• Cape Canaveral Spaceport
  • Liked: 9494
  • Likes Given: 298
Re: Basic Rocket Science Q & A
« Reply #267 on: 05/31/2009 11:51 AM »
There isn't a mission/need for another upperstage nor the money to 'train" MSFC.

My beef with MSFC is that they should be doing any LV development. Civil service performing such tasks is not needed.
« Last Edit: 05/31/2009 11:53 AM by Jim »

Online mmeijeri

  • Senior Member
  • *****
  • Posts: 7442
  • Martijn Meijering
  • NL
  • Liked: 70
  • Likes Given: 162
Re: Basic Rocket Science Q & A
« Reply #268 on: 05/31/2009 03:14 PM »
There isn't a mission/need for another upperstage nor the money to 'train" MSFC.

My beef with MSFC is that they should be doing any LV development. Civil service performing such tasks is not needed.

Agreed, but I'm working from the assumption that politicians will want to preserve the shuttle stack anyway and trying to combine this with incrementalism to reduce risk and move IOC forward. This works very well in my own field of software development.

So

- take a shiny fully-featured Altair as currently envisaged
- now downgrade it to all-hypergolic
- now downgrade it to all metal structures (perhaps even stainless steel) and no composites
- now downgrade it to a single-stage lander
- now remove the landing gear, remove the need for a deeply throttleable engine and remove all the complexities related to landing from the flight software and see if you can now use the Orion engine
- now downgrade the crew compartment to a pressurised cargo carrier
- now downgrade the pressurised cargo carrier to an unpressurised cargo carrier
- now remove the cargo carrier entirely
- now downgrade to a pressure fed system if you hadn't done so already
- now see if you can merge it with the Orion SM

Would you agree that each step above would be a simplification?

Now focusing on the basic rocket science aspect again:

When you are designing a rocket stage, what fraction of the work is taken up by upgrading from a battleship version to an optimised version? Would using stainless steel allow for earlier initial operational capability, at the expense of lower performance and later full operational capability? How much of the vibrational analysis could you eliminate? Are hypergolics substantially easier than cryogenics? If not, how about LOX/RP-1? Is pressure-fed substantially easier than pump-fed?

A fool can ask more questions than a wise man can answer...
We will be vic-toooooo-ri-ous!!!

Offline Jim

  • Night Gator
  • Senior Member
  • *****
  • Posts: 31222
  • Cape Canaveral Spaceport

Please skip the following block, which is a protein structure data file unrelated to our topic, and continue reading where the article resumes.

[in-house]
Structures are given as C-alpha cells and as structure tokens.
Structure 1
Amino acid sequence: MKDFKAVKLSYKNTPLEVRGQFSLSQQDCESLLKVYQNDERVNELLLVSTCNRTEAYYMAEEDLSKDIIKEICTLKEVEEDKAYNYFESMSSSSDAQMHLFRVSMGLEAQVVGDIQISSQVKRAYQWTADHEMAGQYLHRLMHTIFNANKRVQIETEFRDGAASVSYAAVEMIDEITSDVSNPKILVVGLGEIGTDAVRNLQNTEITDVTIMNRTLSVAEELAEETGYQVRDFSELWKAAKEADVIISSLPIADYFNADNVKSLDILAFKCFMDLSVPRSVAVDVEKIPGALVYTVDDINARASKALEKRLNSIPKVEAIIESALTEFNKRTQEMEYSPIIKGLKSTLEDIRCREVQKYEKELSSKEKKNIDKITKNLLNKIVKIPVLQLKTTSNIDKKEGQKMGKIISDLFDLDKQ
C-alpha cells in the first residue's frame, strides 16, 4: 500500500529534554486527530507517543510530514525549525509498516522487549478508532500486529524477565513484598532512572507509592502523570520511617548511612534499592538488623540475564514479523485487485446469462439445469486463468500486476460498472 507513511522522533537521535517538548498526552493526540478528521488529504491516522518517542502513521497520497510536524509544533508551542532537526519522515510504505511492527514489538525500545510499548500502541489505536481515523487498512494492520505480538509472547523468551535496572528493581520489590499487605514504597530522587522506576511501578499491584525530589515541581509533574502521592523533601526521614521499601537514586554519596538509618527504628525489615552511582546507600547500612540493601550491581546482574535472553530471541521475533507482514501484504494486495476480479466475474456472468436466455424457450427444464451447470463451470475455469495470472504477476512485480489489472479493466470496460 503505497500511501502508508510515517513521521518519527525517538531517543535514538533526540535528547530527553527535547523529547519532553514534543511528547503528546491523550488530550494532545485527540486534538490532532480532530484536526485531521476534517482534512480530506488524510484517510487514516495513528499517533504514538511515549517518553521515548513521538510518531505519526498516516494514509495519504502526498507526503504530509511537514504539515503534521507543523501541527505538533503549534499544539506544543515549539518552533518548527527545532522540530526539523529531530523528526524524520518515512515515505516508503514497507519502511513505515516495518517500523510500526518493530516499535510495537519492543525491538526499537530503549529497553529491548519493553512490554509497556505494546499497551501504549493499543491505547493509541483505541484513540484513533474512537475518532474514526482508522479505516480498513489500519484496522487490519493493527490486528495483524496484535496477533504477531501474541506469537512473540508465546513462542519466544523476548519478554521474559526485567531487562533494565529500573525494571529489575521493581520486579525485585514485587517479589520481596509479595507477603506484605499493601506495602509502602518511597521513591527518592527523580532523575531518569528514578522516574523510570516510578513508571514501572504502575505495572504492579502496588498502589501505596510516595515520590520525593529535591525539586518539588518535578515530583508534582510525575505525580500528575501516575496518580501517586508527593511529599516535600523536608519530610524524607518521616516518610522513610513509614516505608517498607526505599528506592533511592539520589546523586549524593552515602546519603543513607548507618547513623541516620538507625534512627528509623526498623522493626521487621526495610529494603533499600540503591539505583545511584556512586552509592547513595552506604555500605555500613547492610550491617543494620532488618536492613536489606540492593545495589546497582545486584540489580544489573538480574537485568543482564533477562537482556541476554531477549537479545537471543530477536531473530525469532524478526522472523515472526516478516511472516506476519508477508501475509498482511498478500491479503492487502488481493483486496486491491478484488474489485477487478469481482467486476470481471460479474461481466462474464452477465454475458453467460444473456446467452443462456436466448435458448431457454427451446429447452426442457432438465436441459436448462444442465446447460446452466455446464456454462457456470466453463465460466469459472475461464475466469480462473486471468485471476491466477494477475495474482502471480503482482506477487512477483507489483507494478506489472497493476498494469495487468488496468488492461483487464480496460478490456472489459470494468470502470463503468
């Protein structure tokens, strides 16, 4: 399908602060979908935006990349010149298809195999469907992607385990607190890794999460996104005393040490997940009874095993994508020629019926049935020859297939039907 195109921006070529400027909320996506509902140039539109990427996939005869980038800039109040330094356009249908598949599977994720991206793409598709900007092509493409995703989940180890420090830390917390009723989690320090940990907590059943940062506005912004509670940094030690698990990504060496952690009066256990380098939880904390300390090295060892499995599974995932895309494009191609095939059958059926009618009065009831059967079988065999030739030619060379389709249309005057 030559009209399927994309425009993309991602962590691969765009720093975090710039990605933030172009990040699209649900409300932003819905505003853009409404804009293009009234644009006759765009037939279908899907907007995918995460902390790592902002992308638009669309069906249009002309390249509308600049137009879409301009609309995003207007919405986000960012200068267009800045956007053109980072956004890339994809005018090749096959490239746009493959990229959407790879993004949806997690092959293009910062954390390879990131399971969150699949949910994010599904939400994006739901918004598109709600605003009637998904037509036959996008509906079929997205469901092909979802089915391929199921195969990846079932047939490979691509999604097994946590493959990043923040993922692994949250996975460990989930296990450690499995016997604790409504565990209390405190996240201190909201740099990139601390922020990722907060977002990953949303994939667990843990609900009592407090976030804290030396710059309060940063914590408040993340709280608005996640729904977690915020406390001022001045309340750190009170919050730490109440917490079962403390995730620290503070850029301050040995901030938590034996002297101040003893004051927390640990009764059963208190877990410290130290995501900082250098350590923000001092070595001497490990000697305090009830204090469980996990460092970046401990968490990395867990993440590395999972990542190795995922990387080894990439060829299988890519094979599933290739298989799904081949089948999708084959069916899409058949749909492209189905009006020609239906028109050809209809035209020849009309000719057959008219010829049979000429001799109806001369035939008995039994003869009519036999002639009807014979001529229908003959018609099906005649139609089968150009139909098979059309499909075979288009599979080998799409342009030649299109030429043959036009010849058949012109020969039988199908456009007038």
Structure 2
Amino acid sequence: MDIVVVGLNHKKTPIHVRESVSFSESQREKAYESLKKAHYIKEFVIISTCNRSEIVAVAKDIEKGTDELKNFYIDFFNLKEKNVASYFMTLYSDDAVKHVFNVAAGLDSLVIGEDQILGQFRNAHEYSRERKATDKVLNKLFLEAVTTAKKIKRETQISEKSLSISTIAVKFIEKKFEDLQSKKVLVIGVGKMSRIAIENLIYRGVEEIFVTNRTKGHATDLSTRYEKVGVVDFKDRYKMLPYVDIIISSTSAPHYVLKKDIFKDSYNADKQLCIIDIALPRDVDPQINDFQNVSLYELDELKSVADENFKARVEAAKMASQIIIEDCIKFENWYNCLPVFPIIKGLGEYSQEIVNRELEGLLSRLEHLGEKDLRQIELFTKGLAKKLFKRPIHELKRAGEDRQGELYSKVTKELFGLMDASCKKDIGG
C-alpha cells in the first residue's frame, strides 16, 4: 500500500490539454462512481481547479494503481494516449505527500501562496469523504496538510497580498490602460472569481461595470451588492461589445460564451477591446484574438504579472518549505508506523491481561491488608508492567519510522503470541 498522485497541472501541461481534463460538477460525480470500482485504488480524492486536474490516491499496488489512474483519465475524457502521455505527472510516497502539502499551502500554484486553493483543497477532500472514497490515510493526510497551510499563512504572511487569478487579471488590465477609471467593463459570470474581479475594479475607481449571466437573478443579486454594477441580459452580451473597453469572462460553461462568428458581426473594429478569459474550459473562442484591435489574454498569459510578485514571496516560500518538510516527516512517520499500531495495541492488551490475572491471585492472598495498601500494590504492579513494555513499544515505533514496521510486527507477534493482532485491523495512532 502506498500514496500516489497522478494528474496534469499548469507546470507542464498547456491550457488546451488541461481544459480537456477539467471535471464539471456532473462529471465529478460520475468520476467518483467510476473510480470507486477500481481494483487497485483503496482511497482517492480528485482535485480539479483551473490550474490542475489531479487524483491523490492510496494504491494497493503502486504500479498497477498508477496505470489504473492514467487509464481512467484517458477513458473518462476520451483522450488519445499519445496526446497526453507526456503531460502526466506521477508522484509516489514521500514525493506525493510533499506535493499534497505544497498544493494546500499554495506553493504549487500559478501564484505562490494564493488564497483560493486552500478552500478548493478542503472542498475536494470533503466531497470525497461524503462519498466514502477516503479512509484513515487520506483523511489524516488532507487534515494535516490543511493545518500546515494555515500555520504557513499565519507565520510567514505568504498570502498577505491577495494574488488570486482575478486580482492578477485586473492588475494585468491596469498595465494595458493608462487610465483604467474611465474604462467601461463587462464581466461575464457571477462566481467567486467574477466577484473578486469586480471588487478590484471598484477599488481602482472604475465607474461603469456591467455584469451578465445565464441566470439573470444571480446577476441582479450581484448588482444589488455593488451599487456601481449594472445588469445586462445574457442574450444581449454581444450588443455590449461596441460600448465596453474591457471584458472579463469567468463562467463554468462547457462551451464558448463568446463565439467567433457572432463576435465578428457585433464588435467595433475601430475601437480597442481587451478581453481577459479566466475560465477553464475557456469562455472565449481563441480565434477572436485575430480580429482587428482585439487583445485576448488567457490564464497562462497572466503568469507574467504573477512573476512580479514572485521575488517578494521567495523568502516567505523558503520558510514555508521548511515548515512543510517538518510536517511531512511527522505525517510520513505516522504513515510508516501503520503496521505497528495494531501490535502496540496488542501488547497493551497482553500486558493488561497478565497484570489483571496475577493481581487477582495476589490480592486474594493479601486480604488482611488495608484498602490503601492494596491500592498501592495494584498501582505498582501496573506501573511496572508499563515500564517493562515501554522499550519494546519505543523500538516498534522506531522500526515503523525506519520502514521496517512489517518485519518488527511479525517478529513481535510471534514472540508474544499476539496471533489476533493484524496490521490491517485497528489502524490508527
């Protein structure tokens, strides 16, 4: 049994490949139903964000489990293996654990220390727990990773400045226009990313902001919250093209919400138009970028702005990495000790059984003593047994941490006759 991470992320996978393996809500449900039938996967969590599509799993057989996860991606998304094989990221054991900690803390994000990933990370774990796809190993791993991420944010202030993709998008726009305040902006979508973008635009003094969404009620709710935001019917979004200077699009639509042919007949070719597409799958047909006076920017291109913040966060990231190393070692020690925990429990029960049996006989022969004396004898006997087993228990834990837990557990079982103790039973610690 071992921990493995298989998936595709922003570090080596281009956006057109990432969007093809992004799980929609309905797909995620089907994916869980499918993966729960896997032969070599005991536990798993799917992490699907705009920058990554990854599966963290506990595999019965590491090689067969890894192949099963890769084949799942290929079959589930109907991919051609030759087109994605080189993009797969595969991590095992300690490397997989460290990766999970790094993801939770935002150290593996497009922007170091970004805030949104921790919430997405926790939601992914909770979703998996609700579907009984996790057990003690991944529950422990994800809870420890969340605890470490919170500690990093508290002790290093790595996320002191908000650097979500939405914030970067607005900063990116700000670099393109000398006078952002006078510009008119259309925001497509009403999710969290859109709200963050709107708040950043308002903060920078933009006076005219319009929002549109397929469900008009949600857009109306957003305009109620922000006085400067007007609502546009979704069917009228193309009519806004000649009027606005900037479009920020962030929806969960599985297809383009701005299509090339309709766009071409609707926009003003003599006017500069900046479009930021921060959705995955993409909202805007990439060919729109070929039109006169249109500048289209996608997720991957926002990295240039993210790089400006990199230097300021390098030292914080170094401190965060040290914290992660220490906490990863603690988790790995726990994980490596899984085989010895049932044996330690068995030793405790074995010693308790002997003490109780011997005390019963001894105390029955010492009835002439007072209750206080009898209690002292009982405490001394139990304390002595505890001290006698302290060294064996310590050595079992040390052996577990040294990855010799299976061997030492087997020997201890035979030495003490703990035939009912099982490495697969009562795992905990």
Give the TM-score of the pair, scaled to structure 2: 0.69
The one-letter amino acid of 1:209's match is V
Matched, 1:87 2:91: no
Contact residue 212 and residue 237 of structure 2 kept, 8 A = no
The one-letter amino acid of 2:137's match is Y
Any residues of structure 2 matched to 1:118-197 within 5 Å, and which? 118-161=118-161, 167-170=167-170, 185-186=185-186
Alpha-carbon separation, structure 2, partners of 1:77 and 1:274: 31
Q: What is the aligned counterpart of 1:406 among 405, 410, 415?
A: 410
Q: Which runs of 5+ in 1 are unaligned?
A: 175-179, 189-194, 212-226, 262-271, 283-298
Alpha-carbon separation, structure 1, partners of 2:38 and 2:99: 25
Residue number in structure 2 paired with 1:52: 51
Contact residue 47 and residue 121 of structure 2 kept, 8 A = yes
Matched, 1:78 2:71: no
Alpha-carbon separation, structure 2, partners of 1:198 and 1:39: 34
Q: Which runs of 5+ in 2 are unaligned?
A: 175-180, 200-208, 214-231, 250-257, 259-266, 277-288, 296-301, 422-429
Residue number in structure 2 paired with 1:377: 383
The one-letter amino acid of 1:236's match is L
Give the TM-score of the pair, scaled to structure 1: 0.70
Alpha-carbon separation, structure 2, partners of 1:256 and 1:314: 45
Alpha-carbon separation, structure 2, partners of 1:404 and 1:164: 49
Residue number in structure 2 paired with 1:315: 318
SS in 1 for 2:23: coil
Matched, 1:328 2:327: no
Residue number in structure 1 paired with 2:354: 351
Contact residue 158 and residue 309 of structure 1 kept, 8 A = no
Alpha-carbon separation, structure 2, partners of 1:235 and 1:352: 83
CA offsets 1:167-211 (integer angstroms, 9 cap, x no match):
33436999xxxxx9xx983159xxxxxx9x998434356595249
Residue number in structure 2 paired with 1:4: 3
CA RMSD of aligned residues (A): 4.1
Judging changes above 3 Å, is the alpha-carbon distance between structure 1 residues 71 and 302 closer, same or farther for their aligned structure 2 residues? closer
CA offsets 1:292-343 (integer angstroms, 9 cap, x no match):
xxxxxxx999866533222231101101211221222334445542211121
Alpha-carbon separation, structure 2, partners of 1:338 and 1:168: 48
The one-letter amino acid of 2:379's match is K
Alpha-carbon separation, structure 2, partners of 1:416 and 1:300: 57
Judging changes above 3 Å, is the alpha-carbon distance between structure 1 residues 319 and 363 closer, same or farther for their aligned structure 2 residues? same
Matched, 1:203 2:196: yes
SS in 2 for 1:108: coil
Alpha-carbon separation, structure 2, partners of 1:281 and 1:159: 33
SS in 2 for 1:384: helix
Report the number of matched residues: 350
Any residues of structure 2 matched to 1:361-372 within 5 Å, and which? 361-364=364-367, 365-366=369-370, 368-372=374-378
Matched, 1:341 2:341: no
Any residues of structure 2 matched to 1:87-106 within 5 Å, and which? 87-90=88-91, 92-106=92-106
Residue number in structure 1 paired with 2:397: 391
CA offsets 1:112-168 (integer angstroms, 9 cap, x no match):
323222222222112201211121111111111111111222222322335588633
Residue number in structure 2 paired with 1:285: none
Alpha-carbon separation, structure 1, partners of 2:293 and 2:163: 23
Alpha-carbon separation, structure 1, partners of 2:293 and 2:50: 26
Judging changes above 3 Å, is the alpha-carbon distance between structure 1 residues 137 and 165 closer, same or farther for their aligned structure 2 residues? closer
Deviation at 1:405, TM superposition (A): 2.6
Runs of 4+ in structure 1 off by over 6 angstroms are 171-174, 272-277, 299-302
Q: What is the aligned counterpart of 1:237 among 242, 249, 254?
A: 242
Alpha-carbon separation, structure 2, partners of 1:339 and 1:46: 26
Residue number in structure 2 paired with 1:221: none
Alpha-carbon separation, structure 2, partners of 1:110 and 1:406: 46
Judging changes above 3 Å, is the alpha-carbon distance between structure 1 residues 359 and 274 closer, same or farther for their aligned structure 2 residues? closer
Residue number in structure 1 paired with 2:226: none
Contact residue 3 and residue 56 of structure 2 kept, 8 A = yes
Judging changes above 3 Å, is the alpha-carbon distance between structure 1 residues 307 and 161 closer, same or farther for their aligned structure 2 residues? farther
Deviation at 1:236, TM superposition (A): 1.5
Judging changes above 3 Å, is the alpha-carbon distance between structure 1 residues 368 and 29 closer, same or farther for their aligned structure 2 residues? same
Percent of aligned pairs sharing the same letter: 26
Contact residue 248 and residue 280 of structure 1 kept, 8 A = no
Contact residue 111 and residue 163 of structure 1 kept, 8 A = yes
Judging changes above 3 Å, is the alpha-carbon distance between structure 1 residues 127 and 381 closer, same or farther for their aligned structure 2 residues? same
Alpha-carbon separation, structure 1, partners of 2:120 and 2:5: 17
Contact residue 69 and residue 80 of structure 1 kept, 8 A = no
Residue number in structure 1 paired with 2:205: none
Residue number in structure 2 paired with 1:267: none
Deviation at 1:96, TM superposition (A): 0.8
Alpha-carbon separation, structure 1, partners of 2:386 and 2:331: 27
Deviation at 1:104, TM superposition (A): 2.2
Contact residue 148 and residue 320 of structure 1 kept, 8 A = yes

• Liked: 9494
  • Likes Given: 298
Re: Basic Rocket Science Q & A
« Reply #269 on: 05/31/2009 03:46 PM »

- take a shiny fully-featured Altair as currently envisaged
- now downgrade it to all-hypergolic
- now downgrade it to all metal structures (perhaps even stainless steel) and no composites
- now downgrade it to a single-stage lander
- now remove the landing gear, remove the need for a deeply throttleable engine and remove all the complexities related to landing from the flight software and see if you can now use the Orion engine
- now downgrade the crew compartment to a pressurised cargo carrier
- now downgrade the pressurised cargo carrier to an unpressurised cargo carrier
- now remove the cargo carrier entirely
- now downgrade to a pressure fed system if you hadn't done so already
- now see if you can merge it with the Orion SM

Would you agree that each step above would be a simplification?

Now focusing on the basic rocket science aspect again:

When you are designing a rocket stage, what fraction of the work is taken up by upgrading from a battleship version to an optimised version? Would using stainless steel allow for earlier initial operational capability, at the expense of lower performance and later full operational capability? How much of the vibrational analysis could you eliminate? Are hypergolics substantially easier than cryogenics? If not, how about LOX/RP-1? Is pressure-fed substantially easier than pump-fed?


That is not feasible, too many changes in between.  An upperstage has different design constraints than an lander

Online mmeijeri

  • Senior Member
  • *****
  • Posts: 7442
  • Martijn Meijering
  • NL
  • Liked: 70
  • Likes Given: 162
Re: Basic Rocket Science Q & A
« Reply #270 on: 05/31/2009 04:12 PM »
That is not feasible, too many changes in between.

I don't believe you, you can turn a word processor into a spreadsheet this way. It may take a while of course. Feel free to take a year for each step. Personally I'd rather have them undertake ten one-year projects than one ten-year project. I'd expect the ten one-year projects to take twenty years and deliver working hardware every two years (=twice in a presidential election cycle). I'd expect the ten-year project to take 7 years after which it would be cancelled without ever delivering working hardware.

Efficient? No. But a lot more efficient and less risky than what we have now. And less risk and earlier returns mean higher risk adjusted net present value.

Quote
  An upperstage has different design constraints than an lander

Can you elaborate? And why couldn't you do those changes incrementally?
We will be vic-toooooo-ri-ous!!!

Offline Jim

  • Night Gator
  • Senior Member
  • *****
  • Posts: 31222
  • Cape Canaveral Spaceport
  • Liked: 9494
  • Likes Given: 298
Re: Basic Rocket Science Q & A
« Reply #271 on: 05/31/2009 04:54 PM »
But a lot more efficient and less risky than what we have now.

It is not efficient at all. There is no use for the intermediate steps.
« Last Edit: 05/31/2009 04:55 PM by Jim »

Online mmeijeri

  • Senior Member
  • *****
  • Posts: 7442
  • Martijn Meijering
  • NL
  • Liked: 70
  • Likes Given: 162
Re: Basic Rocket Science Q & A
« Reply #272 on: 05/31/2009 04:57 PM »
It is not efficient at all. There is no use for the intermediate steps.

What do you mean no use? It's a working spacecraft every step of the way.

I know you want to get MSFC out of it and I agree, but what if that's not possible?
We will be vic-toooooo-ri-ous!!!

Offline Jim

  • Night Gator
  • Senior Member
  • *****
  • Posts: 31222
  • Cape Canaveral Spaceport
  • Liked: 9494
  • Likes Given: 298
Re: Basic Rocket Science Q & A
« Reply #273 on: 05/31/2009 05:03 PM »